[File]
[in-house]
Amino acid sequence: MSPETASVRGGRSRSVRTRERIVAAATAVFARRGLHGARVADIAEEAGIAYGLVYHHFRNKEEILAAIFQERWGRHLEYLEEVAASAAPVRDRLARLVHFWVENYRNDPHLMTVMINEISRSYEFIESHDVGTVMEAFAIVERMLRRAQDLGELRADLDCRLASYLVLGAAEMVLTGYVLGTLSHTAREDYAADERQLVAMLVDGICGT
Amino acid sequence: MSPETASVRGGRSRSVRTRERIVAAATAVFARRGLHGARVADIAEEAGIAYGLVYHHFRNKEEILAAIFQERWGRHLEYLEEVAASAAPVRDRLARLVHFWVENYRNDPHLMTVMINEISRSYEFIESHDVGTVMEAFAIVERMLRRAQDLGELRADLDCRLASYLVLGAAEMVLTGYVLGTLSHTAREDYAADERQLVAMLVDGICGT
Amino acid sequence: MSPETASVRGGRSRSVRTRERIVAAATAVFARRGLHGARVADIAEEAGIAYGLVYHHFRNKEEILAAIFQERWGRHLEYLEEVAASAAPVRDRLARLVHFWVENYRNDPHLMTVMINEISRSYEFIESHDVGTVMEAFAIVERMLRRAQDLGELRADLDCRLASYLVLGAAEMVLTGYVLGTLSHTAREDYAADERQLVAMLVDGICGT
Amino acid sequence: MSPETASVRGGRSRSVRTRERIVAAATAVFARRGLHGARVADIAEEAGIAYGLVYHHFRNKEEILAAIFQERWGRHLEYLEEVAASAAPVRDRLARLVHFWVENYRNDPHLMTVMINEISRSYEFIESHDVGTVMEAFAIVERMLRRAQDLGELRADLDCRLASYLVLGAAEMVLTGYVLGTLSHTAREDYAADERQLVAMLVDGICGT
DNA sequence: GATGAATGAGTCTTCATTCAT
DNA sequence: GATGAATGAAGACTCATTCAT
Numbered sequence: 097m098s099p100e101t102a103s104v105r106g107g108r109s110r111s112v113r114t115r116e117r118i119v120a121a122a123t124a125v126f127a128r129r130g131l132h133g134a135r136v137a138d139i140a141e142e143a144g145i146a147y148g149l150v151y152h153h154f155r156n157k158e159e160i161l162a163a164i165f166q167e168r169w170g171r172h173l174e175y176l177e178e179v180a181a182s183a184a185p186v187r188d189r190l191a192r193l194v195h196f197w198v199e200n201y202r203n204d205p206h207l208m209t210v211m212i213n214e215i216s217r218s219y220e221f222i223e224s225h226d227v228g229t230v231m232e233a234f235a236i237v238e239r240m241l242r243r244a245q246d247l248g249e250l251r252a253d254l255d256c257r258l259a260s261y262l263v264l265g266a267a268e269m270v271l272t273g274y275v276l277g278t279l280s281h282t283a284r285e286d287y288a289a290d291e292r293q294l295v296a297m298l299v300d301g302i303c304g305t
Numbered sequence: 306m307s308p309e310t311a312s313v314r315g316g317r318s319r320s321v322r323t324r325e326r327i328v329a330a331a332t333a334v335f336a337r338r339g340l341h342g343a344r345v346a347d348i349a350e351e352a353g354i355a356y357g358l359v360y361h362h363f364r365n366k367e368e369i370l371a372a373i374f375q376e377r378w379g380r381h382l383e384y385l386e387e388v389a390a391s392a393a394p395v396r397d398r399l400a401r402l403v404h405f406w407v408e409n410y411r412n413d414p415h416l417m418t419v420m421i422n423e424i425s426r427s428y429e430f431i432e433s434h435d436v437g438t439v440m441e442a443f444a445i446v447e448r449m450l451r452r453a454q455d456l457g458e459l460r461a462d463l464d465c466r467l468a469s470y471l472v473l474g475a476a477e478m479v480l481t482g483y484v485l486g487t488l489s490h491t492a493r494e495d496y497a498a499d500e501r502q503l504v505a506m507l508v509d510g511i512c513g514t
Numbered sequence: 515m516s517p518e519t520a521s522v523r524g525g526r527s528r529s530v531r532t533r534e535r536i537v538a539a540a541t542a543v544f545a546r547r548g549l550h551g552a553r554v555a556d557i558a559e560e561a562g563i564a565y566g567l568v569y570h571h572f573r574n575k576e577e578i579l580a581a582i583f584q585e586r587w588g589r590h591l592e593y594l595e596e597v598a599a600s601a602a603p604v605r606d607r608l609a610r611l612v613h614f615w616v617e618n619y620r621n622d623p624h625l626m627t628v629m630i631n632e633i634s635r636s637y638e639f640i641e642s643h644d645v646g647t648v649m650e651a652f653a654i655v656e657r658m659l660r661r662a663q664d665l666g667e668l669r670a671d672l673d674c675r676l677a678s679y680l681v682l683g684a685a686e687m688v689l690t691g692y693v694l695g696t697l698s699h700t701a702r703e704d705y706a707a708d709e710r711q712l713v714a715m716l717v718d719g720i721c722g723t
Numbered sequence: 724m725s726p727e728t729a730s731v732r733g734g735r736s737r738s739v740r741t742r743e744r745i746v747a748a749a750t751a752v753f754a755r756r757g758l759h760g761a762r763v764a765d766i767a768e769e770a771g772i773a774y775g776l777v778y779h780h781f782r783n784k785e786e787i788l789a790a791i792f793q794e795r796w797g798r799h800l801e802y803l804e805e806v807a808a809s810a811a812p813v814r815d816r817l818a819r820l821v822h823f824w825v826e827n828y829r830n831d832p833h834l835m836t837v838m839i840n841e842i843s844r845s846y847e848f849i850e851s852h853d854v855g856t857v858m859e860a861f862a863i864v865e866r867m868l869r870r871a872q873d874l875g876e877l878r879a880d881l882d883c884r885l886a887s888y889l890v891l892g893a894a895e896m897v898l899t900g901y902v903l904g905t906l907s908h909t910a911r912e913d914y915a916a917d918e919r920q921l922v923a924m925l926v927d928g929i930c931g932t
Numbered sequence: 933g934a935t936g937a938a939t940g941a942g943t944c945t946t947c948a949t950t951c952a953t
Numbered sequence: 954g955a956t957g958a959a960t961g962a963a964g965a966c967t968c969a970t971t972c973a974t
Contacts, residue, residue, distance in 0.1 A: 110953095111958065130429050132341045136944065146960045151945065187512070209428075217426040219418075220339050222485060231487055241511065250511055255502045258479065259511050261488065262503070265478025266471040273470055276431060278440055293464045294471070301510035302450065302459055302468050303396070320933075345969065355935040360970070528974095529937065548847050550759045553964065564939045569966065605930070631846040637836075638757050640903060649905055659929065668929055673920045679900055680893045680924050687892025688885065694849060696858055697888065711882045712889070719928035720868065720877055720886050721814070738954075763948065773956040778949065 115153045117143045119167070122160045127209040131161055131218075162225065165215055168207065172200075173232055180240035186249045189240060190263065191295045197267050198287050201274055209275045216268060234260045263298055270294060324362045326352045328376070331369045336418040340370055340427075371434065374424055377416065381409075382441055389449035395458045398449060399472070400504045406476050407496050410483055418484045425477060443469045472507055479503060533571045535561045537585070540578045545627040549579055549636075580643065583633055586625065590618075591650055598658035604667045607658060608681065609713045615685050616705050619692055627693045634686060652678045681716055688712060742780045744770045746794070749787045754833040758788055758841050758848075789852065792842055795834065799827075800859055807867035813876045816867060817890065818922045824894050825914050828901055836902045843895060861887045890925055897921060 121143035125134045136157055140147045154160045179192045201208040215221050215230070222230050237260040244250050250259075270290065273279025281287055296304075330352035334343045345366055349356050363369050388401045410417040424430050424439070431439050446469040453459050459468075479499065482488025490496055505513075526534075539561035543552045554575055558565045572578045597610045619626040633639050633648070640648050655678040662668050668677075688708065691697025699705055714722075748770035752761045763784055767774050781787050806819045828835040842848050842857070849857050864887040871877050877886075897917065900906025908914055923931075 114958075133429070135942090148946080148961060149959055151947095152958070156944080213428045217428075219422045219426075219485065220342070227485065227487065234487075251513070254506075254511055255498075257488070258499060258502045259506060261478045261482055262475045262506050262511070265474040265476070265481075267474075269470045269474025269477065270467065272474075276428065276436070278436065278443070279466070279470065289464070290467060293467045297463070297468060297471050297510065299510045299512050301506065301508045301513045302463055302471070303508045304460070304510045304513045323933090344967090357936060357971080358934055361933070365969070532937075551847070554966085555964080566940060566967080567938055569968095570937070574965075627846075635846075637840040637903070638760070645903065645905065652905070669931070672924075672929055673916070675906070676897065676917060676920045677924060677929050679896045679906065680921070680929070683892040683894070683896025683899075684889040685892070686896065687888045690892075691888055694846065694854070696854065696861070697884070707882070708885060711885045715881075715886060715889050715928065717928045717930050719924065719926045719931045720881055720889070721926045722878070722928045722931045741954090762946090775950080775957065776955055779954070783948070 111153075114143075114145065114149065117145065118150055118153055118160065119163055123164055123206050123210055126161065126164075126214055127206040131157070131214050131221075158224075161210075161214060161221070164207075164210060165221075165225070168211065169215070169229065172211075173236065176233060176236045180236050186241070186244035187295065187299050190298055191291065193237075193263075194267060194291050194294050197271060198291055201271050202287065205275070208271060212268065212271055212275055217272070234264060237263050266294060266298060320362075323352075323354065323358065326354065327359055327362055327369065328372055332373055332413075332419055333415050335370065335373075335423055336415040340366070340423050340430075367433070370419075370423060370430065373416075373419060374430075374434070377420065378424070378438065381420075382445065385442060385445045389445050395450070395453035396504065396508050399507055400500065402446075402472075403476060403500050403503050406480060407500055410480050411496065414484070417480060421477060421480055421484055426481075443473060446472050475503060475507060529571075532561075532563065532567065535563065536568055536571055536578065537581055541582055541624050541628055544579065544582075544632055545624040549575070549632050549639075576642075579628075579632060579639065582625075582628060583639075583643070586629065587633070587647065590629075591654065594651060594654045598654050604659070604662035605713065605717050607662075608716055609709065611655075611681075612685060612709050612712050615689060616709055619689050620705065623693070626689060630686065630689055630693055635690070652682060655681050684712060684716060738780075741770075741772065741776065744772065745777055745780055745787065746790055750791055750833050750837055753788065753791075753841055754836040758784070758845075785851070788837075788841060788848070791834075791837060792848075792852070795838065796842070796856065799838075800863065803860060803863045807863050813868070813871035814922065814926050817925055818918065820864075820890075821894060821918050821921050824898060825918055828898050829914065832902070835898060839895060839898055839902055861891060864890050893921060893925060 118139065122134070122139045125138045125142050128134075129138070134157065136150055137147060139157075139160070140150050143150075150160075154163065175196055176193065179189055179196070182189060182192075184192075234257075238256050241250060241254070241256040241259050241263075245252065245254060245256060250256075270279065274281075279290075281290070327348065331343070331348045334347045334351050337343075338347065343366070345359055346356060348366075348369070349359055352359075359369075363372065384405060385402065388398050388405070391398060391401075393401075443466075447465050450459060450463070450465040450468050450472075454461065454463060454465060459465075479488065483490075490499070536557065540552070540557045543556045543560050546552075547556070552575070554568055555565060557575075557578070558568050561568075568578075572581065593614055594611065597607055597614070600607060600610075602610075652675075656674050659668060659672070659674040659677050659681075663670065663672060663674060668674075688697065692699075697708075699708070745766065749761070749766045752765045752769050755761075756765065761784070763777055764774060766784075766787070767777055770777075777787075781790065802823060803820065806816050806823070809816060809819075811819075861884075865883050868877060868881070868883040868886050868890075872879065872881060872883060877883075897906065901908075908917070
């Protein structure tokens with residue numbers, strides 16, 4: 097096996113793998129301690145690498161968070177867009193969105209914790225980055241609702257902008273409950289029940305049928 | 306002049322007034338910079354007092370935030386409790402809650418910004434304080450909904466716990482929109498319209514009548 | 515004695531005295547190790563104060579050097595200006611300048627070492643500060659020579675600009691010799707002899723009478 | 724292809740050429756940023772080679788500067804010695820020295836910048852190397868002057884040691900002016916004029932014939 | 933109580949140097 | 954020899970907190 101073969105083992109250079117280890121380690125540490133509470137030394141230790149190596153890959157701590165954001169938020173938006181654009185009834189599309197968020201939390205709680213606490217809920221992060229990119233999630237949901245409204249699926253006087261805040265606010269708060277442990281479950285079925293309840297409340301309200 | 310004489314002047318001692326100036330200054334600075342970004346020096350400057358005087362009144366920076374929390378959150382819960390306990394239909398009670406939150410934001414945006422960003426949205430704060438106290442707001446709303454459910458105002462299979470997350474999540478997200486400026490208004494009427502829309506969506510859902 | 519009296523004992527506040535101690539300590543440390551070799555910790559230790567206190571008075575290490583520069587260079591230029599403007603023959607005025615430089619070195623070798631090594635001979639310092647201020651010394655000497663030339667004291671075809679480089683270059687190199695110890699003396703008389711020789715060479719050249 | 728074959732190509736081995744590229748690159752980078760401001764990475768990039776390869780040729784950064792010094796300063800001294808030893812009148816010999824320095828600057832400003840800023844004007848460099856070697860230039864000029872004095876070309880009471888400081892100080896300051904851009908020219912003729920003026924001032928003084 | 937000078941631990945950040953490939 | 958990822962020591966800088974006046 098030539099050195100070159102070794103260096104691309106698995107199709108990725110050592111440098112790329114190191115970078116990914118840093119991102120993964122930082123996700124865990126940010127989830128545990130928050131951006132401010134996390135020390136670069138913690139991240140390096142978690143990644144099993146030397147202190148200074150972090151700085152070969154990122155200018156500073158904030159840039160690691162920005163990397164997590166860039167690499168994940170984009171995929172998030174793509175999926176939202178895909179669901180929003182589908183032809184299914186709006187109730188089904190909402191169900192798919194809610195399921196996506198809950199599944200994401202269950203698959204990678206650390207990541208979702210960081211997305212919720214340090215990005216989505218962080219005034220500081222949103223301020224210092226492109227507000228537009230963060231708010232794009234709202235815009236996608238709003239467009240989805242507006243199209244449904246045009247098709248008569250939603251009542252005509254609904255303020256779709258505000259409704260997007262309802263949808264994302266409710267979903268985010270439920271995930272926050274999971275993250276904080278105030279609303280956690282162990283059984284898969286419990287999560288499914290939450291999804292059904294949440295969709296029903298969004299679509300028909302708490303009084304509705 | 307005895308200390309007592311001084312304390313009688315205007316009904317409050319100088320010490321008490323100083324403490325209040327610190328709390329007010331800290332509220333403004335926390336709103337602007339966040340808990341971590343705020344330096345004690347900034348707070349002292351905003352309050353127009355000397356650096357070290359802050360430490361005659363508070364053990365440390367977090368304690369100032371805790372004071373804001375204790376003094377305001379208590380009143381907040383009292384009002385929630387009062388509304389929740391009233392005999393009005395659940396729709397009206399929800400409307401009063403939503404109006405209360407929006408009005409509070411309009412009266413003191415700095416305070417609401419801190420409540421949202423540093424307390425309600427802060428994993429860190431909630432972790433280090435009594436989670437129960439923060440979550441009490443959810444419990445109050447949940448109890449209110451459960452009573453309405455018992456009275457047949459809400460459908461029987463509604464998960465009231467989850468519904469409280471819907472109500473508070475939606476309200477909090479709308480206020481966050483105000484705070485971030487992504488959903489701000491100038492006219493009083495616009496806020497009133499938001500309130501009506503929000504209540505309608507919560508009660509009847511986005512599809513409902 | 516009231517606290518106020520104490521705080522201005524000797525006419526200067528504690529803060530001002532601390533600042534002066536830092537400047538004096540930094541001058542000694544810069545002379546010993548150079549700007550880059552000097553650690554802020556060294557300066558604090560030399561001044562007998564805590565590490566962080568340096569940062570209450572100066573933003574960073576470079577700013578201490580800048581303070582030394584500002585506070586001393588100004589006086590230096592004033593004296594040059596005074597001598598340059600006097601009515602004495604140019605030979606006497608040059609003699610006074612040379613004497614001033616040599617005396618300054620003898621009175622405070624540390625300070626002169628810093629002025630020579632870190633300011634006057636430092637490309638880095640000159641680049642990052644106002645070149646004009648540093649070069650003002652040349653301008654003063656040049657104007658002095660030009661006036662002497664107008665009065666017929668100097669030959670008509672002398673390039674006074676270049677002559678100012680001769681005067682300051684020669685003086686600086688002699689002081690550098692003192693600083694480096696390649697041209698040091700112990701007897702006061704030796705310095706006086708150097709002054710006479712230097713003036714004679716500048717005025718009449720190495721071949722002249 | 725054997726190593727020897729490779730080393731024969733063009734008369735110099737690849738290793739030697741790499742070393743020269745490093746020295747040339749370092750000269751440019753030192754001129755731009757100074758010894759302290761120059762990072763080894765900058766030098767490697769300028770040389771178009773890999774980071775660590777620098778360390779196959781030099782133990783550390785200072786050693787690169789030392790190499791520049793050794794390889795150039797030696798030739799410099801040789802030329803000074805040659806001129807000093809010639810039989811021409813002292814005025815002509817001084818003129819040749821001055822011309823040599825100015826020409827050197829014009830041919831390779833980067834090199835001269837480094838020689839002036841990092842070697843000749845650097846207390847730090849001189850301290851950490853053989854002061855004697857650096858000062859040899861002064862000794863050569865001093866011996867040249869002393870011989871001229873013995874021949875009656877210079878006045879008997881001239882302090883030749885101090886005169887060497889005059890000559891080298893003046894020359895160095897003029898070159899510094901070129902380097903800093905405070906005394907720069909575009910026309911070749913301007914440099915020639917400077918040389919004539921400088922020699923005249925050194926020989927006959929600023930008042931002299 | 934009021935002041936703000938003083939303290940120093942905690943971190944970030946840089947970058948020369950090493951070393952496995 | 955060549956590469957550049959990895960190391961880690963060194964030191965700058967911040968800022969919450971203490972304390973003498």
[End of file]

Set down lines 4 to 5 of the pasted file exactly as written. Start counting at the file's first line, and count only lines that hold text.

Amino acid sequence: MSPETASVRGGRSRSVRTRERIVAAATAVFARRGLHGARVADIAEEAGIAYGLVYHHFRNKEEILAAIFQERWGRHLEYLEEVAASAAPVRDRLARLVHFWVENYRNDPHLMTVMINEISRSYEFIESHDVGTVMEAFAIVERMLRRAQDLGELRADLDCRLASYLVLGAAEMVLTGYVLGTLSHTAREDYAADERQLVAMLVDGICGT
Amino acid sequence: MSPETASVRGGRSRSVRTRERIVAAATAVFARRGLHGARVADIAEEAGIAYGLVYHHFRNKEEILAAIFQERWGRHLEYLEEVAASAAPVRDRLARLVHFWVENYRNDPHLMTVMINEISRSYEFIESHDVGTVMEAFAIVERMLRRAQDLGELRADLDCRLASYLVLGAAEMVLTGYVLGTLSHTAREDYAADERQLVAMLVDGICGT